After we get in to dry clothes we head over to metre pizza to wait for the others to get back from paddling.  We’ve had some missed calls so we guess they are off the water and with some calling backwards and forwards we find out that they are.  Matt had a swim on one section and it wasn’t a good one.  He banged his elbow quite hard and didn’t feel he could carry on so he’d had to have his boat roped out of the gorge.  By the time they had done this the storm had rolled in and it had clearly hit harder at this end of the valley, they had heavy rain and hail storms for half an hour and so they made a group decision not to get back on the water.  The other two groups, paddling without incident, had managed to beat the storm to the bottom and just got boats on the cars before it caught up with them.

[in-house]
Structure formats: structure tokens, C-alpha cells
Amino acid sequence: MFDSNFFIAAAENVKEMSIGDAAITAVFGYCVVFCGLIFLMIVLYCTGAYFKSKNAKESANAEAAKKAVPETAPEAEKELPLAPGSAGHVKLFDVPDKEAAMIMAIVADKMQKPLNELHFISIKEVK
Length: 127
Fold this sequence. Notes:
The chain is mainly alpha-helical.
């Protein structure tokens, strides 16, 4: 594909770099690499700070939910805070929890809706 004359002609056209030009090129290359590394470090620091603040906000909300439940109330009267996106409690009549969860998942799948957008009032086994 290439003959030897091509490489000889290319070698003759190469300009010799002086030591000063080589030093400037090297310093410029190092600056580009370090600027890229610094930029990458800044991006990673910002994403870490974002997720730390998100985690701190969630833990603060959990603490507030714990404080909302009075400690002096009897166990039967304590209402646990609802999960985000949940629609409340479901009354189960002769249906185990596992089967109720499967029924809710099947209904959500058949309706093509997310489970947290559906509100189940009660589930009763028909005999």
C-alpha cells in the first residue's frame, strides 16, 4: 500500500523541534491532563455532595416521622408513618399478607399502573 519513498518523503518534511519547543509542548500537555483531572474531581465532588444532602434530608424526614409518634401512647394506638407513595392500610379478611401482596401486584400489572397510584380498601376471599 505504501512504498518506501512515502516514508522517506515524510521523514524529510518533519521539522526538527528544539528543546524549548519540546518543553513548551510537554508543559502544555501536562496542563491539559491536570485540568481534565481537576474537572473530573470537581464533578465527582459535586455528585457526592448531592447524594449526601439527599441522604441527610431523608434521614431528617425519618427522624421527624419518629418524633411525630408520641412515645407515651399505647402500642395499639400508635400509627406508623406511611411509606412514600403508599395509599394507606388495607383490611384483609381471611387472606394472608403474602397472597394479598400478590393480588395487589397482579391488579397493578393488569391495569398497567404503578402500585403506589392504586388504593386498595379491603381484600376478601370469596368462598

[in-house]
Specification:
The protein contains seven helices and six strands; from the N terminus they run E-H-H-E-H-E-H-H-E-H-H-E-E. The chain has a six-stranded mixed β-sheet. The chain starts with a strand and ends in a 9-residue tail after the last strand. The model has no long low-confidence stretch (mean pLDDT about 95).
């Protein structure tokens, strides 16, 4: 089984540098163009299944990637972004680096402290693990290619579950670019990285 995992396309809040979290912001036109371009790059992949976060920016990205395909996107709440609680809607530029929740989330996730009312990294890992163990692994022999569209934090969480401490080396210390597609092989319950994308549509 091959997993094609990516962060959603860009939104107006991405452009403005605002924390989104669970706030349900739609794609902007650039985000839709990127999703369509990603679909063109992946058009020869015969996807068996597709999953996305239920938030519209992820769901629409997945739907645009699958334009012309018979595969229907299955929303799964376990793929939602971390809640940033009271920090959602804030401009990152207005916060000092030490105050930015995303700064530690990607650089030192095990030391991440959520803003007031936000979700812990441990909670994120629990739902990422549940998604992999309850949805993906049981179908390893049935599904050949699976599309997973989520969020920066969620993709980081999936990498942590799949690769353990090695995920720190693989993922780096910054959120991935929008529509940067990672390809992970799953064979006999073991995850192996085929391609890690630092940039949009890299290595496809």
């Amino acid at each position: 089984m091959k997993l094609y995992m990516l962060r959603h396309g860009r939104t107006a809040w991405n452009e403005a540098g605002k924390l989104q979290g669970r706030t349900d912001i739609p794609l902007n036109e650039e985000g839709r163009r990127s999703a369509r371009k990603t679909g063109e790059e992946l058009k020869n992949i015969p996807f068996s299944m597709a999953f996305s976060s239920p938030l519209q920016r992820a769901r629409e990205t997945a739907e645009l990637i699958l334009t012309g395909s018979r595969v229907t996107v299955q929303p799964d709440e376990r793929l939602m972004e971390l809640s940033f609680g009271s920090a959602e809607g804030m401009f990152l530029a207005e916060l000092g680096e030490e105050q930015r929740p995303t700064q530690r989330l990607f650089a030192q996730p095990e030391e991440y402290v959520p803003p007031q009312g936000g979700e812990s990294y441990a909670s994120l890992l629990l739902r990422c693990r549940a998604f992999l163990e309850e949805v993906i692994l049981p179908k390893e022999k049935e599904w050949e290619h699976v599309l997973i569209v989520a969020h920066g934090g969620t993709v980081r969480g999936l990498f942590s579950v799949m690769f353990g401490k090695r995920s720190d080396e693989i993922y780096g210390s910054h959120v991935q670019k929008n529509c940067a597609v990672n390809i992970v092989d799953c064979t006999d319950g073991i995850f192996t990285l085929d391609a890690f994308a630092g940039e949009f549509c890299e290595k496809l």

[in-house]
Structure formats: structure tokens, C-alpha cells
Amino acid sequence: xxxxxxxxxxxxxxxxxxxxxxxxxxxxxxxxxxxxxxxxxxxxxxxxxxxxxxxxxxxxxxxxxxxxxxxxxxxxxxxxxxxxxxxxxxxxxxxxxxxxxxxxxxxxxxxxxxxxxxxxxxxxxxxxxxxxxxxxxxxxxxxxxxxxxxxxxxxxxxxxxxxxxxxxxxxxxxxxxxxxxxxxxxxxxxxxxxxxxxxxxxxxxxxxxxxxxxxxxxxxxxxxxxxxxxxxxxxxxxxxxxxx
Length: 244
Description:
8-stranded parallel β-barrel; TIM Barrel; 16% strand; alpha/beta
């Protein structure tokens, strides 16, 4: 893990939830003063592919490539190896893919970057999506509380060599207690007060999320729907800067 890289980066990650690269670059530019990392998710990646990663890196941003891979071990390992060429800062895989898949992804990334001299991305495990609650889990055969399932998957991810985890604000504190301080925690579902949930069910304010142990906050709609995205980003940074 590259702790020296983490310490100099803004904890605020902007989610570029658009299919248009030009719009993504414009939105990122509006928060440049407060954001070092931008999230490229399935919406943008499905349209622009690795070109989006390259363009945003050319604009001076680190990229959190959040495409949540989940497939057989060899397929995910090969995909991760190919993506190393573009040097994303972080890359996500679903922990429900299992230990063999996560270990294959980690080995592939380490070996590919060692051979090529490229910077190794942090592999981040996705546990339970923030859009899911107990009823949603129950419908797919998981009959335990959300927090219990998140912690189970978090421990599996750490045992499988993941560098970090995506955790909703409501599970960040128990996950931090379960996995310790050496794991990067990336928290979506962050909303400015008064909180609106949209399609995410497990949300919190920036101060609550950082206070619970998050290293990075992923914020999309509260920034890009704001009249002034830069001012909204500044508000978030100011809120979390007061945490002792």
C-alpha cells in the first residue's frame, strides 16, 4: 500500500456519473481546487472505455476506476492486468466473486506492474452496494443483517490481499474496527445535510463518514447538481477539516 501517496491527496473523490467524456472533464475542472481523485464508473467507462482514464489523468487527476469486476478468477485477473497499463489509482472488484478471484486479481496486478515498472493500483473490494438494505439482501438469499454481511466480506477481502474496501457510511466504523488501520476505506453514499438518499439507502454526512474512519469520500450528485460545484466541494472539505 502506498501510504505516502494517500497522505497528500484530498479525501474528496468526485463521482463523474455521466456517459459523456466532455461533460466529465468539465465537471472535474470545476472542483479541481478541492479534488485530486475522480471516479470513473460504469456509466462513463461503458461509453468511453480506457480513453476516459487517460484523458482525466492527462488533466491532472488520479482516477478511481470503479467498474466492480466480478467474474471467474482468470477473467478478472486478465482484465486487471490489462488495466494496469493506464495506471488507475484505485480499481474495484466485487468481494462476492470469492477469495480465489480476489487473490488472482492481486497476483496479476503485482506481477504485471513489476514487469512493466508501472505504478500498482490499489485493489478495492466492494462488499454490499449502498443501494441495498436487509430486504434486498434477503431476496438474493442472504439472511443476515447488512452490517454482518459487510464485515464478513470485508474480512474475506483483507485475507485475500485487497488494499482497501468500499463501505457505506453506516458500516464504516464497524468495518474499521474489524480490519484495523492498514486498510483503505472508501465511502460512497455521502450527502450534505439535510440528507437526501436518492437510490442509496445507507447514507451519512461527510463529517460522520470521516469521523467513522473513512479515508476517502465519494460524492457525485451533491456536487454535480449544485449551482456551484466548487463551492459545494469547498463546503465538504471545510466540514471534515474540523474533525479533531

There was plenty to discuss over metre pizza, so named because we order the pizza by the metre, 4 metres to go round 14 of us eating tonight!!!  The other attraction of this particular restaurant, as if metres of pizza wasn’t enough, is that when you order the ice cream Sundays you get a little toy on top too!!!  It’s quite late when we all get back to the house and everyone is soon in bed, mostly through food coma!

Sorry no pictures, the wifi is playing upa nd I can't look at this screen any longer.  I'll update with pictures when I catch up with today's blog, hopefully tomorrow afternoon.

Day 21 - A little woop and wiped out....

Day 21

Despite a good  sleep, it was another late one last night.  I’m super tired and once again struggling to stay on my feet.  There’s a group going to do the Briancon Gorge today which is NFM (not for me), and Gregg and Chucky are staying at the house with plans to potter about and take it easy for a day.  I’m going with Keith, Jamie, Sam and Rob to go and paddle the second half of the Sun Run on the Durance.  This is the bit from Rab to Embrun which Sam and I didn’t paddle last time.  I also didn’t do Rab wave last time either.